Can't she read the mood on the street? If she returns to Pakistan through a deal with Musharraf, then many like me will sit at home rather than vote for a PPP-GHQ alliance in the polls."
The faceless PPP worker's anguish is echoed by Shafqat Mahmood, a former minister whose disenchantment with Benazir prompted him to leave the party some years ago. He feels the deal may compel Musharraf to hold a free and fair election, but it will be the PPP's Waterloo. "Should the PPP join the general and the ruling Pakistan Muslim League-Q in an alliance, then I am sure they will get an electoral thrashing they will remember for a long time," says Mahmood.
An electoral washout for Benazir is predicted for she has forged a deal with a man who, by now, is reviled countrywide. Worse, he also appears politically isolated. As Mahmood says, "He is in a unique position where neither the left nor the right of the political spectrum, neither the conservatives nor the liberals, except a minuscule faction, are standing with him." Rahimullah Yusufzai, executive editor, The News, is emphatic: "The lawyers' movement has proved that people want rule of law, independence of the judiciary and empowerment of the masses. Cutting deals to stop this from happening is bound to haunt her and the PPP for years to come."
What's worse is the chasm between Benazir's future plans and those of PPP leaders like Aitzaz Ahsan, who was the chief defence counsel for Chief Justice Iftikhar Chaudhry in his legal tangle with Musharraf. As Ahsan puts it, "The moment Musharraf announces he is going to seek election from the present assemblies, lawyers, backed by civil society, will come out on the streets once again, and push the country into the throes of yet another agitation."
So, can the Mush-Benazir deal survive the turmoil? Are voices such as Ahsan's portents of a split in the PPP? Not necessarily. As columnist Ayaz Amir sums it up, "There is a disquiet...but the PPP has fostered a culture of sycophancy and absolute docility to the point where questions may be asked of Musharraf in the Corps Commanders Conference, but not of Benazir within her party. So no fears of any mass revolt in that quarter." There's also the poor track record of those who left in the past: but for Aftab Khan Sherpao who formed his own party with some success in urban NWFP, others were consigned to the dustbin.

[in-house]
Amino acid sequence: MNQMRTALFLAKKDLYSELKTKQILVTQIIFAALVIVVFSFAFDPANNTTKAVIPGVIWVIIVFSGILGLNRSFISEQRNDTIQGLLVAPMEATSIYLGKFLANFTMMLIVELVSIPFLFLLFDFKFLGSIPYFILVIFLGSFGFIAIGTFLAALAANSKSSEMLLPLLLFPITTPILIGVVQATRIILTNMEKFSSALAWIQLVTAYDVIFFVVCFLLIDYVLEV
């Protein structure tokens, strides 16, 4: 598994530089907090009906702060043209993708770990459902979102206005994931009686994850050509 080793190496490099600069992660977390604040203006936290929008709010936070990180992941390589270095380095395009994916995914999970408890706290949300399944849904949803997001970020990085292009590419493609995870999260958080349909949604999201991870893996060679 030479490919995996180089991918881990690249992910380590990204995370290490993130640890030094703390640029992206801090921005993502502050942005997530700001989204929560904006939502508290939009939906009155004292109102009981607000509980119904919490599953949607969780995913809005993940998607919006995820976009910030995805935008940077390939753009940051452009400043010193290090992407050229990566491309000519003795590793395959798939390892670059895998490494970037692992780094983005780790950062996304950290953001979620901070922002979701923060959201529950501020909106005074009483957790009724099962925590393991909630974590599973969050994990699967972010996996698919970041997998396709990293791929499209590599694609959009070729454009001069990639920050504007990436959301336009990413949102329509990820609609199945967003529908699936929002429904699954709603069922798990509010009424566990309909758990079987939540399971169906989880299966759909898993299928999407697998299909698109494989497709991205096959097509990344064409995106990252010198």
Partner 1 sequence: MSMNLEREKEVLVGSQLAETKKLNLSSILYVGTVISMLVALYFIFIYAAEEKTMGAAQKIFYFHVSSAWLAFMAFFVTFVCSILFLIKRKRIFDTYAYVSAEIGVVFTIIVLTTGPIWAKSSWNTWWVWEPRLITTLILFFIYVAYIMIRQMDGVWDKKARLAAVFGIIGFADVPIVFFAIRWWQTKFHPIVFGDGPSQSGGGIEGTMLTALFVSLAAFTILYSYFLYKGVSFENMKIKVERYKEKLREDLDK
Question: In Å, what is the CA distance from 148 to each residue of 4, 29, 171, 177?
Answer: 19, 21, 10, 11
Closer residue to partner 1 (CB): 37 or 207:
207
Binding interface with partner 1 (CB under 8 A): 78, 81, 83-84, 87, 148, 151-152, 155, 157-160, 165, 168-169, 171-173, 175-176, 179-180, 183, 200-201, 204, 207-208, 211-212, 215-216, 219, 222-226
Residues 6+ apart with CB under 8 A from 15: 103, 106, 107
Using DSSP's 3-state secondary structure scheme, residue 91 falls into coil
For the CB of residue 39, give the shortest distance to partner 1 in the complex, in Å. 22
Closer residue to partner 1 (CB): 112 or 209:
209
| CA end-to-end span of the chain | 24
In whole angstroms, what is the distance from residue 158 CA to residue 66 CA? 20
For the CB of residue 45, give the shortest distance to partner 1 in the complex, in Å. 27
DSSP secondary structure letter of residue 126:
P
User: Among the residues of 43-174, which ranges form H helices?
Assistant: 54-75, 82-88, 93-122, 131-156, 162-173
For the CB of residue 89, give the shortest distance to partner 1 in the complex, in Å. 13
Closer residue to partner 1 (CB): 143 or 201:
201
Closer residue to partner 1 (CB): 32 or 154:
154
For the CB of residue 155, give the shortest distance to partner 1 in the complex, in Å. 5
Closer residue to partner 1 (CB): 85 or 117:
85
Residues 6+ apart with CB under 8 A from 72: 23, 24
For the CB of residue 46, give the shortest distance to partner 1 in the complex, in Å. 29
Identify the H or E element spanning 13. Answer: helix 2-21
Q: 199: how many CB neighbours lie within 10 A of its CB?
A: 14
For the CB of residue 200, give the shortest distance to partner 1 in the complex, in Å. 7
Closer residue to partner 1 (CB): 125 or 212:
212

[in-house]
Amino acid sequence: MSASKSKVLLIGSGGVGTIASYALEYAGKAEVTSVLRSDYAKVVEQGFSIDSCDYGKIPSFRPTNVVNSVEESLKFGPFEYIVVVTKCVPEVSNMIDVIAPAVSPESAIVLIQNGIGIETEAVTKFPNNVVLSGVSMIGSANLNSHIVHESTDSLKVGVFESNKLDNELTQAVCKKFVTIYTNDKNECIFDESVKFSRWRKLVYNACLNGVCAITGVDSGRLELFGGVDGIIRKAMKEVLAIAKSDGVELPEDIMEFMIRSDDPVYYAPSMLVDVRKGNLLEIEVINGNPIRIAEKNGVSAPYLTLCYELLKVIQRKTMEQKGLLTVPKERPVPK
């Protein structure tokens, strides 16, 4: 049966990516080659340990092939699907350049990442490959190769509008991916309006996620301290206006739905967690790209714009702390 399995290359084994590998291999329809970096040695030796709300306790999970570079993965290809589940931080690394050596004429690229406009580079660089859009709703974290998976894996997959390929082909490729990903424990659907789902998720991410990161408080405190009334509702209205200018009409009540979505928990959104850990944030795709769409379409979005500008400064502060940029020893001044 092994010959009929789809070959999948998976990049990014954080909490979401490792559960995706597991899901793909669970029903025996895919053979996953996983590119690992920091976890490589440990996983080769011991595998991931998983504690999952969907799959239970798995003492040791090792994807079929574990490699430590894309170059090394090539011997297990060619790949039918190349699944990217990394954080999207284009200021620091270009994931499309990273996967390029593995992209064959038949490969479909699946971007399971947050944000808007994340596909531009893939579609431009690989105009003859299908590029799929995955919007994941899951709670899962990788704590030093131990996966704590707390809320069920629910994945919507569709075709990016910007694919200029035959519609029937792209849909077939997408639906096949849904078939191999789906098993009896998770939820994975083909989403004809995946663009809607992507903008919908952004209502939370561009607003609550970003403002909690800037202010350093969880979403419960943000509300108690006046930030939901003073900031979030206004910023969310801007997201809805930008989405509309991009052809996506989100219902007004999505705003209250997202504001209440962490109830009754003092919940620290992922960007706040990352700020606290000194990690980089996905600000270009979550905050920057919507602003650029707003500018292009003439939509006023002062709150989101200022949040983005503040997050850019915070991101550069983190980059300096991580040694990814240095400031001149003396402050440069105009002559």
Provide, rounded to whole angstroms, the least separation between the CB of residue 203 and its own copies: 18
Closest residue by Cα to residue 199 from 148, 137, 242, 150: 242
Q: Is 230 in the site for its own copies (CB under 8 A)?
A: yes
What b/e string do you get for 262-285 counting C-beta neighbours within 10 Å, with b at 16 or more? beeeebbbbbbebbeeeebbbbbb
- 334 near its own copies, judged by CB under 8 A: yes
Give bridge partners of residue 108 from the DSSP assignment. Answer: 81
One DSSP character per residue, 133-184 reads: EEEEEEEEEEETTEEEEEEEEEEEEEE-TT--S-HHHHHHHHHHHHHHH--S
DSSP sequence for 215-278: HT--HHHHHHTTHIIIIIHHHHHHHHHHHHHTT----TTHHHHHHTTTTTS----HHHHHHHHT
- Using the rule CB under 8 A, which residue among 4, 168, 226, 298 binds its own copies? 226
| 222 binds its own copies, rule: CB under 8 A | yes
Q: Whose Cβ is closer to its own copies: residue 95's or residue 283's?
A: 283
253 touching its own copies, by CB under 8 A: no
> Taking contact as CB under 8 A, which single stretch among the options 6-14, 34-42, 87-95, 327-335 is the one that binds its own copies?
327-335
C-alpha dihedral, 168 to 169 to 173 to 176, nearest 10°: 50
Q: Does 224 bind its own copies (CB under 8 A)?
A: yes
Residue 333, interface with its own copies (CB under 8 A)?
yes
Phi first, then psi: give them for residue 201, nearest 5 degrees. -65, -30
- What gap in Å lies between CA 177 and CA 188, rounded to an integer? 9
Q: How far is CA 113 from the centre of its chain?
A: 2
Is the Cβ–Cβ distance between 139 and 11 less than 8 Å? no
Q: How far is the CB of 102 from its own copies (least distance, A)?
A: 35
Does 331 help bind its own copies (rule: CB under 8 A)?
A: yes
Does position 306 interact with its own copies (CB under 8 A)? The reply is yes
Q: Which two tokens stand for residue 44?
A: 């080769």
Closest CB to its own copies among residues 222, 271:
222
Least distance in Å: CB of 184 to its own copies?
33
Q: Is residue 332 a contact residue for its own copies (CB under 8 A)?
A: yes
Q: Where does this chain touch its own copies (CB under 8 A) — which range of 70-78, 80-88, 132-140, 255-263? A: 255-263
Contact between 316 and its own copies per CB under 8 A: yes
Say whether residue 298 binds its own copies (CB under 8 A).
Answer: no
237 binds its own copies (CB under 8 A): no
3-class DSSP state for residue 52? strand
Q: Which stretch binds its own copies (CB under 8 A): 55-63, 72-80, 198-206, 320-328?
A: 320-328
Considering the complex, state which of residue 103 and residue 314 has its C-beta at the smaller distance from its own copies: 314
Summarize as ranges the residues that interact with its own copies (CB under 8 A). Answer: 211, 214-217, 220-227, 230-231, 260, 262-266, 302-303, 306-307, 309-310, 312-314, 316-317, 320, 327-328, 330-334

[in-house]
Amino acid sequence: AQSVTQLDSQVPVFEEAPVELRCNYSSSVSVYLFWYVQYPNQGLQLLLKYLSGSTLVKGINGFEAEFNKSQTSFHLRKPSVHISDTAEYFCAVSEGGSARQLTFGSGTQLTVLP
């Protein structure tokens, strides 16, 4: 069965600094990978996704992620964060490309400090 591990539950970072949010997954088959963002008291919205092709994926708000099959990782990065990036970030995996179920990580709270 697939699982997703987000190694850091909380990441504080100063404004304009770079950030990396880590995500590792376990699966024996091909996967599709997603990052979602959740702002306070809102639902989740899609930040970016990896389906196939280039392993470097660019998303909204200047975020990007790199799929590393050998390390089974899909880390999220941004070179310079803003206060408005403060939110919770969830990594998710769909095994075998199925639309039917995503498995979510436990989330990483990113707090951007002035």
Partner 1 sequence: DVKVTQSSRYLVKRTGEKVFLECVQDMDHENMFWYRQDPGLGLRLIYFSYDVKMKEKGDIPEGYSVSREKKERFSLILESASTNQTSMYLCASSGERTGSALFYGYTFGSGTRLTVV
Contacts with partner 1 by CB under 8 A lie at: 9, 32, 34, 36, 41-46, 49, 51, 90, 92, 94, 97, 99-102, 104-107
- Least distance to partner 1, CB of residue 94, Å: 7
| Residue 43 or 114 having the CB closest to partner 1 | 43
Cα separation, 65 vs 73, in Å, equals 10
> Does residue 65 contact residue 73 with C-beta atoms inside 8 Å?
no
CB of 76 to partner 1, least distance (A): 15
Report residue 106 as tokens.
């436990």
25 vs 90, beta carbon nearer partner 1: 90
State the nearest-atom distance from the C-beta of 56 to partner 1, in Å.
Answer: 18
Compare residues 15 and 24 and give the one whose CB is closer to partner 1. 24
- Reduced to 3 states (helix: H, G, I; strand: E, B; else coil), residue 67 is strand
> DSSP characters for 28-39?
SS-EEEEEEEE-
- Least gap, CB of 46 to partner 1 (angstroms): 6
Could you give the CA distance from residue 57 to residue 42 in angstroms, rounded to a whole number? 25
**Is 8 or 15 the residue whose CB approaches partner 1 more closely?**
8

Benazir's apologists say she has cut a deal because she feels the PPP is the only pan-Pakistan party which could reap a rich harvest in a free and fair poll; that she knows from past experience that a win at the hustings could secure her the PM's post only if she has Washington and the army's consent. But Benazir's former aide, Kamran Shafi, scoffs at such assumptions: "This deal will never work, there is only one deal that can work and that is a deal between the politicians and the people of Pakistan. The commando can have no part in it, in or out of uniform. I bet my last Rs 100 that Musharraf will agree to wear a pink jogging suit if it keeps him in power." Well, if that happens, don't say we didn't warn you. We did say lust for power can do funny things to generals and politicians alike.